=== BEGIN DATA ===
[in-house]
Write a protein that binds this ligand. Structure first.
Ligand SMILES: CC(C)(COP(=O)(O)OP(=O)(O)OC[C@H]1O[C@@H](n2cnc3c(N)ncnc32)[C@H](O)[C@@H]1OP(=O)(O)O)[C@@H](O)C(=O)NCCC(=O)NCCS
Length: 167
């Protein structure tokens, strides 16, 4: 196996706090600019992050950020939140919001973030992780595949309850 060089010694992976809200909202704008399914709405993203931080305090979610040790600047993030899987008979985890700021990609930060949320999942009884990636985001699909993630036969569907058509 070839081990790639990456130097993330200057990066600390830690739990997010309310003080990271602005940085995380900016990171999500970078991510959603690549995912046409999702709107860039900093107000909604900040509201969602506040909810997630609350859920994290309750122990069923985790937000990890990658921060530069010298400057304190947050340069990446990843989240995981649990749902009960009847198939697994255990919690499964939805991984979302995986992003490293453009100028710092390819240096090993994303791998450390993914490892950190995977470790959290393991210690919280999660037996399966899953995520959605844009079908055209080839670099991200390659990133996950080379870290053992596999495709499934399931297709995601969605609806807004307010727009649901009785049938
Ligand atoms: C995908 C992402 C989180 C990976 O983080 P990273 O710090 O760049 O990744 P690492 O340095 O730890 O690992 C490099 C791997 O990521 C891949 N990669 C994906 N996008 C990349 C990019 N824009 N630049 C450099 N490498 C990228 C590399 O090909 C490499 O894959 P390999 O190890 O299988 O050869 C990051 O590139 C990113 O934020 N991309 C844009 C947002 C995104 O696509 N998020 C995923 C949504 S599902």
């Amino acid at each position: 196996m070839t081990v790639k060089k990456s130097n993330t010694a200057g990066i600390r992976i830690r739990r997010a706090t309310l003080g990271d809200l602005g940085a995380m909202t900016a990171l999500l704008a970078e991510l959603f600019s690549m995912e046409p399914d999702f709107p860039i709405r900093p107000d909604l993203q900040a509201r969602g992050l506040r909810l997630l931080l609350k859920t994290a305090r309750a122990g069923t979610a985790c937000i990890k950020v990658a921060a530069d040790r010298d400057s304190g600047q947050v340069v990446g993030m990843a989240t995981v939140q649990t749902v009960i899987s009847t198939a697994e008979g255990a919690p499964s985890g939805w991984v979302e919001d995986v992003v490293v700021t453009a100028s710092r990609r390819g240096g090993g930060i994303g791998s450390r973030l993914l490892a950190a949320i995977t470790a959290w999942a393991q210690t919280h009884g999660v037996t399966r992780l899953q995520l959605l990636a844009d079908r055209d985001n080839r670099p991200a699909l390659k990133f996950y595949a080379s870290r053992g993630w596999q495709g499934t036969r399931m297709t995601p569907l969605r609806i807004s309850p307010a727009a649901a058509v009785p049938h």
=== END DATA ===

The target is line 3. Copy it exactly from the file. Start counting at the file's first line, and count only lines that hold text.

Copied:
Ligand SMILES: CC(C)(COP(=O)(O)OP(=O)(O)OC[C@H]1O[C@@H](n2cnc3c(N)ncnc32)[C@H](O)[C@@H]1OP(=O)(O)O)[C@@H](O)C(=O)NCCC(=O)NCCS